For more than a century, conventional wisdom has held that the South lost the Civil War because of bad luck and overwhelming Union strength. The politicians and generals on the Confederate side have been lionized as noble warriors who bravely fought for states’ rights. But in Dixie Betrayed, historian David J. Eicher reveals the real story, a calamity of political conspiracy, discord, and dysfunction that cost the South the Civil War. Drawing on a wide variety of previously unexplored sources, Eicher shows how President Jefferson Davis viciously fought with the Confederate House and Senate, state governors, and his own cabinet. Some Confederate senators threatened one another with physical violence; others were hopeless idealists who would not bend even when victory depended on flexibility. Military commanders were assigned not on the basis of skill but because of personal connections. Davis frequently interfered with his generals, micromanaging their field campaigns, ignoring the chain of command, and sometimes trusting utterly incompetent men. Even more problematic, some states wanted to set themselves up as separate nations, further undermining a unified war effort. Tensions were so extreme that the vice president of the Confederacy refused to live in the same state as Davis. Dixie Betrayed blasts away previous myths about the Civil War. It is essential reading for Civil War buffs and for anyone interested in how governments of any age can self-destruct during wartime.
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David J. Eicher is the author of numerous books about the Civil War, including The Longest Night.Review:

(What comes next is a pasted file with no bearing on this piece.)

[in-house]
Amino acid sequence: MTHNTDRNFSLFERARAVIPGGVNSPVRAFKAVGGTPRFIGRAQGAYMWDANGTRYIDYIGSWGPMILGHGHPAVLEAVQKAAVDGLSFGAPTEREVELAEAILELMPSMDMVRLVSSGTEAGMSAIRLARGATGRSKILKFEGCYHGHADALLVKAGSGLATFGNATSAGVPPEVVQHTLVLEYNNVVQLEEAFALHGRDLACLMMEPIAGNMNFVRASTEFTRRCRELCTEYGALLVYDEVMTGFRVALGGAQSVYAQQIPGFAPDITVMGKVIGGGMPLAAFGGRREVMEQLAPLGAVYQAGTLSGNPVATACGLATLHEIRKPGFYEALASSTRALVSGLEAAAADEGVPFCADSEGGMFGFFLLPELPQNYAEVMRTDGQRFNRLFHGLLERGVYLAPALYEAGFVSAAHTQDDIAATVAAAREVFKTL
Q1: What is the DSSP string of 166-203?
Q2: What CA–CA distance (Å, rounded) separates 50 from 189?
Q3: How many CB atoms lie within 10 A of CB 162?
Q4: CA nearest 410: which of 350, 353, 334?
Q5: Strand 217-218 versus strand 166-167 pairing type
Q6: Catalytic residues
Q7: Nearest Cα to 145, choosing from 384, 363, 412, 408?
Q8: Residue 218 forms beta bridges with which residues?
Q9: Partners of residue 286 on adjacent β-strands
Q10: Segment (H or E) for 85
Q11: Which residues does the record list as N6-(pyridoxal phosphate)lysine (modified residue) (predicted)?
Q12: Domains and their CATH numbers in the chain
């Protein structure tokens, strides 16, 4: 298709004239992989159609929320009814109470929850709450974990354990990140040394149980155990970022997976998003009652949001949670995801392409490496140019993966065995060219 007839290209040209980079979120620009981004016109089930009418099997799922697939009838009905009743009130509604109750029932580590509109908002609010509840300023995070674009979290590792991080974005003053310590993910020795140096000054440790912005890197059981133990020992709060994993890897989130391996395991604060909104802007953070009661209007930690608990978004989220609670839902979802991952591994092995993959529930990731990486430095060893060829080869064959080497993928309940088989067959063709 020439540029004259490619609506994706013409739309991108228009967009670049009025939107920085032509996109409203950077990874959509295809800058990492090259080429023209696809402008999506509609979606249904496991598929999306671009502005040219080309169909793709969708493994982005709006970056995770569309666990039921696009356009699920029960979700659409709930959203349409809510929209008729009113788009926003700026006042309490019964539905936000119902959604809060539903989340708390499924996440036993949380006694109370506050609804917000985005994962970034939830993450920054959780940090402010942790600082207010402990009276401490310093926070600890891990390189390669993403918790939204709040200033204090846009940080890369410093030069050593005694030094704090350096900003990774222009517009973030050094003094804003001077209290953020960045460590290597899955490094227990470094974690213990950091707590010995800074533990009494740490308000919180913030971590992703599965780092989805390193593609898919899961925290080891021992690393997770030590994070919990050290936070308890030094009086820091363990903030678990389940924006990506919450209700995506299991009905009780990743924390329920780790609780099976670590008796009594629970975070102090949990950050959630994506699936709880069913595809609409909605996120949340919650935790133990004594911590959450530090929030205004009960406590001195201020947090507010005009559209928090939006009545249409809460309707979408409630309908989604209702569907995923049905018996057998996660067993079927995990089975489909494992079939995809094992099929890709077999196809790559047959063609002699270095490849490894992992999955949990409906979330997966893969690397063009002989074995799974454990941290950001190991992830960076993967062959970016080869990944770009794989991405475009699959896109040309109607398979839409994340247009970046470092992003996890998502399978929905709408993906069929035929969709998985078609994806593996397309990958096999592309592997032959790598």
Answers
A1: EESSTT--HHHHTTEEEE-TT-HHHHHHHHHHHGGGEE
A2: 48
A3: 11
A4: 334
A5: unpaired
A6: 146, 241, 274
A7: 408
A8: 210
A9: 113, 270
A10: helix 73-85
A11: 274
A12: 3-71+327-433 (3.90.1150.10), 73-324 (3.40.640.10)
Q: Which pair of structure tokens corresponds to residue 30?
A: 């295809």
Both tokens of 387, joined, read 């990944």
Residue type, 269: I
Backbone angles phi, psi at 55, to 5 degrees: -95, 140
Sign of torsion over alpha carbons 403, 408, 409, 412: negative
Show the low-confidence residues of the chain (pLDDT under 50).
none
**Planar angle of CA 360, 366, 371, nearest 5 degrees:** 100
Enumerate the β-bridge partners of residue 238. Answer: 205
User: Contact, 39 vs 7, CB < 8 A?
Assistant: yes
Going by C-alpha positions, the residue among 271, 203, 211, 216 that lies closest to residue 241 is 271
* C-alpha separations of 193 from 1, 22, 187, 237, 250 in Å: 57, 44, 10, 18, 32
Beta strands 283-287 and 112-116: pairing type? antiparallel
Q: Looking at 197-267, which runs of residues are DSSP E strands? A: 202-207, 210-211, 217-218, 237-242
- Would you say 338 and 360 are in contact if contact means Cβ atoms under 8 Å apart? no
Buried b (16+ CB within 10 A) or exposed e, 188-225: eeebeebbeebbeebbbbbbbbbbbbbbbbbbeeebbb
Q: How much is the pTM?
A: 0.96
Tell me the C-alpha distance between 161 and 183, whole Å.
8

"Much ink has been spilled debating the question of why the South lost the Civil War. Eicher offers his own significant analysis of what he views as the central issue: how the Confederacy shot itslef in the foot because its leaders together . . . founded an imperfect union, and together they destroyed it."—Booklist (Booklist)
"Eicher turns to the personalities and politics of the Confederate government to explore and explain the South's failure to win its independence. . . . Students of the Confederacy and the Civil War will appreciate Eicher's vignettes of secessionists, generals, and Confederate cabinet officers."—Library Journal (Library Journal)
"Eicher's previous Civil War books are military histories, and his martial knowledge shows in Dixie Betrayed. He contrasts broad-stroke depictions of brutal battles and mounting Southern casualties with the Confederate government's apparent obliviousness of its need for unity."—Christine Gibson, American Heritage (Christine Gibson American Heritage 2006-03-21)
"David Eicher's Dixie Betrayed is a provocative new examination of the internal conflicts that doomed the Confederacy. In a swiftly paced narrative, Eicher offers astute profiles of Confederate leaders and makes a compelling case for the destructive power of states' rights that ultimately led to the defeat of the Southern nation. This book will rekindle vital arguments about the Confederate saga."—Jeffry D. Wert, author of The Sword of Lincoln (Jeffry D. Wert)
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